URBANARA

Artist Anna Hellsgård of Resurgo

Popularised by Andy Warhol in the 1960s, the art of silk screening has long been celebrated for its versatility, simplicity and hands-on approach. Today the technique remains a hallmark of DIY culture, and is employed by artists Anna Hellsgård and Christian “Meeloo” Gfeller of Resurgo to create their experimental prints.

Working from their Berlin atelier – a multifarious space that serves the duo as a studio, gallery and retail store – the artists silkscreen their works meticulously by hand, explaining that “each unique print is conceived like an experimental painting, in which accidents and errors play an important part.”

As a selection of Resurgo prints have just been added to the growing URBANARA art range, we stopped by Anna and Christian’s space for a studio tour and to find out the inspiration behind their latest pieces.

Now based in Berlin, you are originally from Sweden, and Christian from France. Does your location inform your art, and if so, how?

Well, certainly. Berlin's reinvents itself from hour to hour. The constant challenge of the future is very exciting for us as visual artists, but Berlin is also a very relaxed city. It sometimes feels like living in a big village. It’s close to nature and in the summer you can swim in the lakes or bike around for hours and discover weird, abandoned places. Both sides are very stimulating for creativity.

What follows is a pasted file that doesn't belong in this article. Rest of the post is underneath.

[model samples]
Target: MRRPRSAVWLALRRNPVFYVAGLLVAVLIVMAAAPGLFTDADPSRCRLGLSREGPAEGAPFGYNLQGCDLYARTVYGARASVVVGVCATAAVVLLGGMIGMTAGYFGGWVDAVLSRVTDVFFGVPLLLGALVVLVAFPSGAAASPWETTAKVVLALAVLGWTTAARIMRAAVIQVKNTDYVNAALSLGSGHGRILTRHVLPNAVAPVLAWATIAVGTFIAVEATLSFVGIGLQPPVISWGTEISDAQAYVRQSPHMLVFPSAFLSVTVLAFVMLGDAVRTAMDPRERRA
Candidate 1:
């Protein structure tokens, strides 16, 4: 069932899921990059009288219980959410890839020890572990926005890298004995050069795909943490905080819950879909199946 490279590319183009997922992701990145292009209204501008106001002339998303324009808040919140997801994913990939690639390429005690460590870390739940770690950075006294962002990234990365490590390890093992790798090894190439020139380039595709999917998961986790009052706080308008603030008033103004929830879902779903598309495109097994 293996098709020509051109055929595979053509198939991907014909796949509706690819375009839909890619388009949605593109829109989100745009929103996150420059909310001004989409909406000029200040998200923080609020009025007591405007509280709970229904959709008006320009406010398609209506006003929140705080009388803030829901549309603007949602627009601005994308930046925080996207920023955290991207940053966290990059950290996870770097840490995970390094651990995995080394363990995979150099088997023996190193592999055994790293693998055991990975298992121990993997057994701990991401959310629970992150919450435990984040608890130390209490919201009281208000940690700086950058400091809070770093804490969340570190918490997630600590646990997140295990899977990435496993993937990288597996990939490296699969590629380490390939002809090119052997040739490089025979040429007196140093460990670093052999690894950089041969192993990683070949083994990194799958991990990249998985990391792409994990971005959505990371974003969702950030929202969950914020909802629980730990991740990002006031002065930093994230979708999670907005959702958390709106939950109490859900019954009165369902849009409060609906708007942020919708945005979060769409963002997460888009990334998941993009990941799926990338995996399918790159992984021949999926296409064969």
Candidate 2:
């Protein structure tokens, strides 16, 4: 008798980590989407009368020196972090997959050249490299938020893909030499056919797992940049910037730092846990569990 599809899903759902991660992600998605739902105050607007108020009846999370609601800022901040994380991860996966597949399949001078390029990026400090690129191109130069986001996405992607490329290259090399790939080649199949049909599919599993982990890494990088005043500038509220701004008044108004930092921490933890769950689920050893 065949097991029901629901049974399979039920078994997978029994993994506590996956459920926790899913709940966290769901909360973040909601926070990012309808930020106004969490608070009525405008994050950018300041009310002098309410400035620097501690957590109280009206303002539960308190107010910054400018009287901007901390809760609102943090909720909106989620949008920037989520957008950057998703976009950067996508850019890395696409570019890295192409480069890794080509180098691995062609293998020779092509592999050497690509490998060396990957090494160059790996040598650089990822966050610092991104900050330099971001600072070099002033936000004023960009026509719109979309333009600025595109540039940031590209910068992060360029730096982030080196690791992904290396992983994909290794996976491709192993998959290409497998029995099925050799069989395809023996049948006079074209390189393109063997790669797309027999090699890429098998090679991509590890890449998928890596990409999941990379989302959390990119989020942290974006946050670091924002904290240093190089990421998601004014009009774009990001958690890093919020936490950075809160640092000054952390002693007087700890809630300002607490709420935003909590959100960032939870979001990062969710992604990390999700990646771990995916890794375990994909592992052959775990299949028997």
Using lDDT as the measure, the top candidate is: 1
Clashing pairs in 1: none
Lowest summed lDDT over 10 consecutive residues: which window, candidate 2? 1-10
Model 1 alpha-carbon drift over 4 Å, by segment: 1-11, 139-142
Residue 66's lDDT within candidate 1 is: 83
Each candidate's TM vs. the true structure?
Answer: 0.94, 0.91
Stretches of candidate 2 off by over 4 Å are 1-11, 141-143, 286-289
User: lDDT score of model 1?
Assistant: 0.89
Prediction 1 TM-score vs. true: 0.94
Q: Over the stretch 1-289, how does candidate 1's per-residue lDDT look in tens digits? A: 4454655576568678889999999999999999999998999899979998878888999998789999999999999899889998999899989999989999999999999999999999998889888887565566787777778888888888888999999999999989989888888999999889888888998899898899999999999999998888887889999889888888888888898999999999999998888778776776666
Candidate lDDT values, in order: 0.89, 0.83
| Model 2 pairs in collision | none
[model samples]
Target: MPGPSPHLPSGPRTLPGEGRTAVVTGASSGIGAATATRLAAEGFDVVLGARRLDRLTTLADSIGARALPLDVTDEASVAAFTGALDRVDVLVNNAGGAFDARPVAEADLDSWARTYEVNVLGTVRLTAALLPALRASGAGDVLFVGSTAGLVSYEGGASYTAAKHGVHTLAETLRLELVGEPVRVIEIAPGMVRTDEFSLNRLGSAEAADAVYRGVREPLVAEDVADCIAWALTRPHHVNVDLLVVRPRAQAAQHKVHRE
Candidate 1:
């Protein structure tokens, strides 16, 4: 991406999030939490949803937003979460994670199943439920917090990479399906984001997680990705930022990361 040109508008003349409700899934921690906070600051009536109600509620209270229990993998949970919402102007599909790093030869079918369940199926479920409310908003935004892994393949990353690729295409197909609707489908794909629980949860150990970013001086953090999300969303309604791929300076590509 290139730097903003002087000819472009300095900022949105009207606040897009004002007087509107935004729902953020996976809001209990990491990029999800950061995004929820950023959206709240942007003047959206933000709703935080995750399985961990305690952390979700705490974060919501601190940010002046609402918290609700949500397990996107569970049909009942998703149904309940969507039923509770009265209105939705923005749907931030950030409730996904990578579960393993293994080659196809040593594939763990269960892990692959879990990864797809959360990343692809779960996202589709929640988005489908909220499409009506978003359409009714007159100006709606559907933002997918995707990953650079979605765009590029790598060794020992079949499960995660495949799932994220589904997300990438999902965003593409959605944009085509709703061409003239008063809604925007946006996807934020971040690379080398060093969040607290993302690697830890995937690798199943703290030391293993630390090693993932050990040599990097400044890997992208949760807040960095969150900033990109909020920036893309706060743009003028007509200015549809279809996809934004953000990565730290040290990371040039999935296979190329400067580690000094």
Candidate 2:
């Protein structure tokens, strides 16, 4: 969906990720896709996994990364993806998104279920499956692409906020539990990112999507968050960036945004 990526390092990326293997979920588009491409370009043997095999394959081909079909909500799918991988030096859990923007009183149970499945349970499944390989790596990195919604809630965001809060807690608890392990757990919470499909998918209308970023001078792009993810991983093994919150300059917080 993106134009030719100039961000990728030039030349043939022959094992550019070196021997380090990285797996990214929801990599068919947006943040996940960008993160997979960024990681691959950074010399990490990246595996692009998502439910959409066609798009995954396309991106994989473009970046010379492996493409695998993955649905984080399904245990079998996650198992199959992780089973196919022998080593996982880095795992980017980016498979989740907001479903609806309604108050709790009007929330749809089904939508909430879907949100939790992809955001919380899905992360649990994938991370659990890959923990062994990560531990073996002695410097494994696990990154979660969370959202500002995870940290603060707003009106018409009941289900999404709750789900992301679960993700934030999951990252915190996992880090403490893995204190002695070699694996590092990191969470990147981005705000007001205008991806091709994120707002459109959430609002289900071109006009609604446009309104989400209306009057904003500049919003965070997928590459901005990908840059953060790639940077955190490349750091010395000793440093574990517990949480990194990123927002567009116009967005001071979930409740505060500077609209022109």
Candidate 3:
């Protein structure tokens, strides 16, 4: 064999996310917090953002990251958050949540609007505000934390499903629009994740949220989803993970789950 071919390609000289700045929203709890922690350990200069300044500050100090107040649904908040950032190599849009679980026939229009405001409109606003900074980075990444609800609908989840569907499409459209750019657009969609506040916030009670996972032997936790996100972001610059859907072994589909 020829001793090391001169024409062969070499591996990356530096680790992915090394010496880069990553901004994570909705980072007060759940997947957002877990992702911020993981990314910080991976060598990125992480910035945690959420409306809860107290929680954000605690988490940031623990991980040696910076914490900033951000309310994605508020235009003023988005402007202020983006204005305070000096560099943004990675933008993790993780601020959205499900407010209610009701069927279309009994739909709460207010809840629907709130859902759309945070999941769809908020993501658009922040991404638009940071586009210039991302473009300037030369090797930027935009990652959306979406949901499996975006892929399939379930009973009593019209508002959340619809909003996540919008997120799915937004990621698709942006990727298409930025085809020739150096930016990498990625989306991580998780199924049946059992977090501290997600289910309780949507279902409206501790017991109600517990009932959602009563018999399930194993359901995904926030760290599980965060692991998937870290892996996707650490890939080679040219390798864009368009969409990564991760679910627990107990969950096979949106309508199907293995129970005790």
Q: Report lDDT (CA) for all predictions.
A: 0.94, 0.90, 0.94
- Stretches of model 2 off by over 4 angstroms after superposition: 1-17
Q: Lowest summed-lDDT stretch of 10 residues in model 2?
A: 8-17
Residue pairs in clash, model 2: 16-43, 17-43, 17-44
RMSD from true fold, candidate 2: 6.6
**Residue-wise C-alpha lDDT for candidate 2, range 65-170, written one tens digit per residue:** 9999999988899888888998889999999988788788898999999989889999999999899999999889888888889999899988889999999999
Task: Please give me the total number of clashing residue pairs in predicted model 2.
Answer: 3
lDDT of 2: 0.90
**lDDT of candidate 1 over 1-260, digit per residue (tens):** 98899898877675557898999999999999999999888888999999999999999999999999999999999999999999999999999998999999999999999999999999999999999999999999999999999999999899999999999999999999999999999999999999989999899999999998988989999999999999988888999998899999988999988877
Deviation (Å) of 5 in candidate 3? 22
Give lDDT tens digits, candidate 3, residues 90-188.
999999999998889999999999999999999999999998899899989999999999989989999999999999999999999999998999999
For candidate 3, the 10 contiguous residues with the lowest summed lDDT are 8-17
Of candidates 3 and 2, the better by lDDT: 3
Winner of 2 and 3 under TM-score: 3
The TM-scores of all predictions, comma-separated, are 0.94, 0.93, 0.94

The Resurgo works featured in the URBANARA art collection mix bold colours with abstract pattern and shapes. What inspired these prints?

Some post-punk minimal coolness and a good dose of formal innovation. Plus a mix tape including Miles Davis, Sonic Youth & Serge Gainsbourg.

Good art should feel effortless.

When it comes to screen-printing, you are a self-described "perfectionist". The medium you work in and the hands-on nature of screen-printing suggests that no two works will ever be exactly the same, so how do you ensure a quality finish?

It's quite a paradox. We are not interested in crafty, laborious challenges for their own sake, but we love to have our prints meticulously produced from start to finish. It is important to keep a good balance in between spontaneity, rigour and a sharp, handmade feeling. If you try too hard, the magic flies away.

What do you love about screen-printing?

Experimenting! For the last fifteen years we have been experimenting with screen-print techniques, mostly in form of artists’ books & prints. We developed our own visual language by playing with the printing process, mastering colour overlaps, smudges, bleeding, glitches, transparencies. Experimenting keeps the work fresh and exciting.

When it comes to choosing art for your own home, what do you look for?

Pieces that are unique in conception, well-executed and timeless. Good art looks stunningly right and, in retrospect, obvious, or inevitable. Good art should feel effortless. Actually, it’s quite simple - we have to fall in love with the artwork and it has to fit our budget!

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